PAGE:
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Thursday, February 18, 2021



A pyeloplasty or endopyelotomy may be performed to treat an obstruction of the ureteropelvic junction (UPJ, see Plate 6-6). A pyeloplasty consists of surgical reconstruction of the UPJ, whereas endopyelotomy consists of intraluminal, endoscopic incision of the obstruction.


Plate 10-16


Pyeloplasty remains the gold standard and may be per- formed using either open or laparoscopic technique. It is especially appropriate for patients with large stone burdens, strictures more than 2 cm long, marked renal pelvis dilation, or radiographic evidence of a crossing vessel.

An open pyeloplasty is typically performed from a retroperitoneal approach (see Plate 10-19), with an incision carried from the tip of the eleventh rib toward the umbilicus. A laparoscopic pyeloplasty, with or without robot assistance, is most often performed trans- peritoneally, using three or four abdominal trocars.

Once the renal fascia has been entered and the hilum accessed, the UPJ may be reconstructed using various techniques. The most common is the Anderson-Hynes dismembered pyeloplasty. The proximal part of the UPJ is transected, the UPJ and proximal ureter are spatulated laterally, and reanastomosis is performed. The dismembered technique not only treats the UPJ obstruction but also permits transposition of crossing vessels. In addition, redundant renal pelvic tissue may be excised.

In certain situations, other reconstruction techniques may be employed. In the case of a high insertion of the ureter, either a dismembered or a Foley Y-V plasty may be performed. In the latter, a Y-shaped incision is made in the UPJ. The top of the “Y” is made in the dependent aspect of the renal pelvis, while the stem of the “Y” is carried across the inferior aspect of the UPJ. The incision is then closed as a simple V-flap.

In patients with long, atretic UPJ segments, a renal pelvis spiral flap repair may be required. An elliptical incision is made on the anterior aspect of the renal pelvis and UPJ. The apex of the flap, originally from the renal pelvis, is rotated 180 degrees inferomedially and now constitutes the anterior UPJ. To prevent flap ischemia, the flap length to width ratio should not exceed 3:1.

In cases of repeat pyeloplasty, or when a patient has a very small intrarenal pelvis, ureterocalycostomy is performed. A lower pole calyx is exposed and anastomosed end-to-end to the spatulated proximal ureter.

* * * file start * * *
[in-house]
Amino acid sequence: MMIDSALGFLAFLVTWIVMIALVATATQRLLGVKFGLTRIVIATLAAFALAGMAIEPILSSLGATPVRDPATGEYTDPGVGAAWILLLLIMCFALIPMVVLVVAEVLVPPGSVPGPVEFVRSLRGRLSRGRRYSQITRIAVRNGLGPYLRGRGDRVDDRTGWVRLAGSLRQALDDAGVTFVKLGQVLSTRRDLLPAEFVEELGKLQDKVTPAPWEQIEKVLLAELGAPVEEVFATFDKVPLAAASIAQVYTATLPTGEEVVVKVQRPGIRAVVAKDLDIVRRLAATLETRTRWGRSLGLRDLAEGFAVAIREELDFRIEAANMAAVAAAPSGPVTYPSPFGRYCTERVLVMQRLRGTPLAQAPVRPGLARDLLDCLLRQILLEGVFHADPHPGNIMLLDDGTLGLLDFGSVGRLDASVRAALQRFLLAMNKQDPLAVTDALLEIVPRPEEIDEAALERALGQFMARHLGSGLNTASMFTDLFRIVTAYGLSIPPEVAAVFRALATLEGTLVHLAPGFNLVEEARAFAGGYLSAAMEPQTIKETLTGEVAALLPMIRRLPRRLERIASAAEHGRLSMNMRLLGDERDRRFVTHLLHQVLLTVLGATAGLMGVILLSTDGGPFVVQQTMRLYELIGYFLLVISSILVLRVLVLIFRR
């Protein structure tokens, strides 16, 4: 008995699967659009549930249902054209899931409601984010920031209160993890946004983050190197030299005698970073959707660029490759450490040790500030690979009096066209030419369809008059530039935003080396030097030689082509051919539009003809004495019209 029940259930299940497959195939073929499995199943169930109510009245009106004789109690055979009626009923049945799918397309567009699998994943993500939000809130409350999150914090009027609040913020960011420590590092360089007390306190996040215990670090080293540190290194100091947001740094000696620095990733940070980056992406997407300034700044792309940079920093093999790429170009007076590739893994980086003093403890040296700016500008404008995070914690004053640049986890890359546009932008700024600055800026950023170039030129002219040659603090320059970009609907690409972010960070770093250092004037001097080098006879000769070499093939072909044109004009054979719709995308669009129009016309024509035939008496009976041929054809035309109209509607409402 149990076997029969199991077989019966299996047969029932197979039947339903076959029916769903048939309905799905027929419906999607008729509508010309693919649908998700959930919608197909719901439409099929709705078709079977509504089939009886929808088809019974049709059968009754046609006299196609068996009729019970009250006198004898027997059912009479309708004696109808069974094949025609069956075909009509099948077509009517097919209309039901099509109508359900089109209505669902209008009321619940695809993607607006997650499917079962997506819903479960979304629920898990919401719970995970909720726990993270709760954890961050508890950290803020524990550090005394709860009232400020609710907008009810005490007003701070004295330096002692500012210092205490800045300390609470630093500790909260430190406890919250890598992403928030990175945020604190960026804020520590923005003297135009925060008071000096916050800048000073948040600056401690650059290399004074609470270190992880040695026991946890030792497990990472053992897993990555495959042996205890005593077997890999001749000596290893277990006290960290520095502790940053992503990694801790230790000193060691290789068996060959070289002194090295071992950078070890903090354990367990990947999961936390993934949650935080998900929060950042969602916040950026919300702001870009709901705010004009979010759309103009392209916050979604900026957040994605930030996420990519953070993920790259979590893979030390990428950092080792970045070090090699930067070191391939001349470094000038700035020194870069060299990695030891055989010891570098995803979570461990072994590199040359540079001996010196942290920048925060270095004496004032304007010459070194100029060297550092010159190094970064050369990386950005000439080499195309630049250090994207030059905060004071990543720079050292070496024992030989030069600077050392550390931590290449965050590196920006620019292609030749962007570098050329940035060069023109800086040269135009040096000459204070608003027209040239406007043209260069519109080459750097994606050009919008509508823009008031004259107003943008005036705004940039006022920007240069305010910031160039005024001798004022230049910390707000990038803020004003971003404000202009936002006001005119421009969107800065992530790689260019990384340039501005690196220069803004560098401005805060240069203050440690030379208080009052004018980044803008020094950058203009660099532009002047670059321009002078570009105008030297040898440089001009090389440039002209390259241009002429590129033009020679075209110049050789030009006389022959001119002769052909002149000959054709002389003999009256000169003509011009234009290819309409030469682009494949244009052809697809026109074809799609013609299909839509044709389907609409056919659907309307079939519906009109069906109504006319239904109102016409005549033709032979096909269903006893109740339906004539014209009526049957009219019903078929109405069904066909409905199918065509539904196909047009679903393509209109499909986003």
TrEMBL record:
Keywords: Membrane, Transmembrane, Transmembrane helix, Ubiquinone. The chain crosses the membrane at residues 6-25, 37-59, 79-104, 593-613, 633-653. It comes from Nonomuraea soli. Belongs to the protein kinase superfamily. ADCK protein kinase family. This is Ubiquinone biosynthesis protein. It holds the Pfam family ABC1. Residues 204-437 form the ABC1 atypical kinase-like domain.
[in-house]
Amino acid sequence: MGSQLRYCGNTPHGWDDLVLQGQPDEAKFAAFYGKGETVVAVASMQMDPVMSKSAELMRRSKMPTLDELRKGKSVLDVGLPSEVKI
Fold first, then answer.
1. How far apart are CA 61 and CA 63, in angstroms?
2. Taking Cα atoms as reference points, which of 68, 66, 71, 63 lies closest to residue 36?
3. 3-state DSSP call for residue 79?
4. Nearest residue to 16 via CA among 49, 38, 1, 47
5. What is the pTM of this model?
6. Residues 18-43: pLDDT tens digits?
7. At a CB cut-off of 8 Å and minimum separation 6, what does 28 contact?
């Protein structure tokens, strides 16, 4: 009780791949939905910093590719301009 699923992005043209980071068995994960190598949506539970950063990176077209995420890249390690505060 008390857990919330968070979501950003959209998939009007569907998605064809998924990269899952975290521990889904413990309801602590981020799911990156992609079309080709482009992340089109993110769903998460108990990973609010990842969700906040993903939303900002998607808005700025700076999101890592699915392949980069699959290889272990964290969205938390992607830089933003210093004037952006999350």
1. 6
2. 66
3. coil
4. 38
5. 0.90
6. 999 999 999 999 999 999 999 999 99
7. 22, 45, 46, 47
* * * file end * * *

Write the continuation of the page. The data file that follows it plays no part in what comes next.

Additional repairs and flaps have been described using both the renal pelvis and the renal capsule, but these are rarely indicated.



An endopyelotomy begins with direct visualization of the obstruction from either from a retrograde approach (ureteroscopy, see page 10-33) or anterograde approach (nephroscopy, see Plates 10-13 and 10-14). A safety wire is advanced across the stricture, which is then incised using a knife, laser, or other device. The incision is created in a lateral direction, so as to minimize injury to crossing vessels, and should extend through the ureteral mucosa and muscle until periureteral fat is seen. In the case of a high insertion of the ureter into the renal pelvis, an anterior or posterior incision may be required to allow proper marsupialization of the proximal ureter into the renal pelvis.

A ureteral stent or percutaneous nephroureteral stent is placed to facilitate postoperative drainage and can be removed after 4 to 6 weeks. If injury to a crossing vessel is suggested by intraoperative hemorrhage or postoperative hemodynamic instability, the patient should undergo emergent angiographic evaluation and possible embolization.


One month after the procedure, an ultrasound of the kidneys and bladder should be performed. Three months after the procedure, after the stents have been removed, diuretic renography should be performed to confirm the production and unobstructed flow of urine through the affected upper tract.

Open pyeloplasty has a long-term success rate of 95%, with comparable rates reported in the laparoscopic and nascent robotic literature. Endoscopic repair appears to be less successful, with failure occurring in up to one third of cases.

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